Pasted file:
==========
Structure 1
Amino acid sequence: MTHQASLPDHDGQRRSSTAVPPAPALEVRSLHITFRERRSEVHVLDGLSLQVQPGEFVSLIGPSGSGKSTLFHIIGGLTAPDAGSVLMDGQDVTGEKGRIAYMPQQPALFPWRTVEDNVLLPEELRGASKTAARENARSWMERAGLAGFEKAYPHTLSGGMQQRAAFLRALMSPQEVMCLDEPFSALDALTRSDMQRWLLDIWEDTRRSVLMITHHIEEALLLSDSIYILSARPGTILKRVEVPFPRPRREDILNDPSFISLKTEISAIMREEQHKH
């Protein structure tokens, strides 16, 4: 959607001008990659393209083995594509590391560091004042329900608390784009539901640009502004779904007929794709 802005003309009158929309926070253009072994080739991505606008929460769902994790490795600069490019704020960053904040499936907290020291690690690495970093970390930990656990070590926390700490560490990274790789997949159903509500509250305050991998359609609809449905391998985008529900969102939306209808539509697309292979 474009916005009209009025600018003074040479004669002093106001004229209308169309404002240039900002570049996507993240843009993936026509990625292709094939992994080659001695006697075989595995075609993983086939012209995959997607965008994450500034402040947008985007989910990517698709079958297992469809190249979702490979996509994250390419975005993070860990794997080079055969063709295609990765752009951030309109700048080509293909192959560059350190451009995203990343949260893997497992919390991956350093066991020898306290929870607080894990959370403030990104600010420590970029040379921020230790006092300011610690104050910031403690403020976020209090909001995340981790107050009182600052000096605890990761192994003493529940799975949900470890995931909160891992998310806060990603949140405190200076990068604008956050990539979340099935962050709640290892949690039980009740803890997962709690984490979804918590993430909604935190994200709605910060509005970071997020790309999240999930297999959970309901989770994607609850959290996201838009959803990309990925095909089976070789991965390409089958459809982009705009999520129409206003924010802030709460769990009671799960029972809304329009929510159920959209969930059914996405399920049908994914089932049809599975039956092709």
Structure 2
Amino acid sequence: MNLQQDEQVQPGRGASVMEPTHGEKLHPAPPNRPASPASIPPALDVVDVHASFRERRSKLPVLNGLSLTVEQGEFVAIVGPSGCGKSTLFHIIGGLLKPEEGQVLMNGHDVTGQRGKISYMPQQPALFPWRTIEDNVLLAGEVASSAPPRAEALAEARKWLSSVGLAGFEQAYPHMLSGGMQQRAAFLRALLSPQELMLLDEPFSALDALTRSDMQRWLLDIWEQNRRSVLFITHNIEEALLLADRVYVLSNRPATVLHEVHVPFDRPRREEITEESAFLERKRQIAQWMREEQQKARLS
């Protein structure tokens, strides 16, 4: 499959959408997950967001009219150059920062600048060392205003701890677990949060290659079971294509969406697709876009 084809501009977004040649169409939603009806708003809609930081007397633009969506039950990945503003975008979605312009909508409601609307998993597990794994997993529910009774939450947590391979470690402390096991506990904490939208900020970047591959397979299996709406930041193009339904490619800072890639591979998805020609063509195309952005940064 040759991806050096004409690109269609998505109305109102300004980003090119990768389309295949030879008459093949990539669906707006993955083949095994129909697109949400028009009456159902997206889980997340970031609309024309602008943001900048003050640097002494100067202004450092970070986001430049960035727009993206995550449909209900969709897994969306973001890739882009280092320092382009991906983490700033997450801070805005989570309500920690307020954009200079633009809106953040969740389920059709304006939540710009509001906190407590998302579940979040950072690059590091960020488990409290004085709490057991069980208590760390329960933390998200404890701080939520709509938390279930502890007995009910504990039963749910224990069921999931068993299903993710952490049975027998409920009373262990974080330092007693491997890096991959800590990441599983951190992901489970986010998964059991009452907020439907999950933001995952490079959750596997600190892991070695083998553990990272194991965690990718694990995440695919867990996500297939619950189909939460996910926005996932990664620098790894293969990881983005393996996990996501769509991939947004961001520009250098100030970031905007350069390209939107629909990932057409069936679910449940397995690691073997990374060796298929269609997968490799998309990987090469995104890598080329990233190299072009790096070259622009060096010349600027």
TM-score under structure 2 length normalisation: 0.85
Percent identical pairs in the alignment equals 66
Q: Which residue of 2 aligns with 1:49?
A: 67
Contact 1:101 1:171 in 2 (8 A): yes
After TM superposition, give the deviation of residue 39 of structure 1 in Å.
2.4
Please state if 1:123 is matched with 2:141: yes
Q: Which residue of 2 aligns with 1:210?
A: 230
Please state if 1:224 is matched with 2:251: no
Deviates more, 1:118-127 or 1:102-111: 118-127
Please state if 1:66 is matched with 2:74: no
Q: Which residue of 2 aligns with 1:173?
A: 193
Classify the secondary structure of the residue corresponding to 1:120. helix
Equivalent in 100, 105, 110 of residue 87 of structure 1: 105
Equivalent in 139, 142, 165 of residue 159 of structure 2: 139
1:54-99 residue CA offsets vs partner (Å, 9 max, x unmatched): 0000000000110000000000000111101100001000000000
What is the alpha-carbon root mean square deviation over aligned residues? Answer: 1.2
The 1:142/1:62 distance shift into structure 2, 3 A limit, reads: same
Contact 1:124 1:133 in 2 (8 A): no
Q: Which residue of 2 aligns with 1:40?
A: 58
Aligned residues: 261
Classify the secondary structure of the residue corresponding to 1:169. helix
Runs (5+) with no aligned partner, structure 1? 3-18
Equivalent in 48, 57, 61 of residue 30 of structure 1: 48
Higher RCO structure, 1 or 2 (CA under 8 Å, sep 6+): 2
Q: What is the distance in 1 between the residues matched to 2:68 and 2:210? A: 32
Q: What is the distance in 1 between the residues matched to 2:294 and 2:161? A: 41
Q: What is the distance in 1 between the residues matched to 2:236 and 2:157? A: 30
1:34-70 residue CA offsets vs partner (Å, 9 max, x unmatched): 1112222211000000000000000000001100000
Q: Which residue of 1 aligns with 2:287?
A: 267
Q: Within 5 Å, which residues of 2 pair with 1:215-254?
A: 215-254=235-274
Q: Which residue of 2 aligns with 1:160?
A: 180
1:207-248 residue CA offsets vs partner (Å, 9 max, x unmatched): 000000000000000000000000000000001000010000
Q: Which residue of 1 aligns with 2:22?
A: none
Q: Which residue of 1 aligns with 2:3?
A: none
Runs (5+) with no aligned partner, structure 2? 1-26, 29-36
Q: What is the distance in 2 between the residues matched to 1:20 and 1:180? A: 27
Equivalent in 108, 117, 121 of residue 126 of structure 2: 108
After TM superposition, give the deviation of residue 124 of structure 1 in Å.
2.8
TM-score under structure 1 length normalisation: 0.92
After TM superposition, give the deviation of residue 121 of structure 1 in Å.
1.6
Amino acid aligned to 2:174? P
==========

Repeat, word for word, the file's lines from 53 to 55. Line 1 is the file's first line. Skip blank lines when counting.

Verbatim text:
Equivalent in 108, 117, 121 of residue 126 of structure 2: 108
After TM superposition, give the deviation of residue 124 of structure 1 in Å.
2.8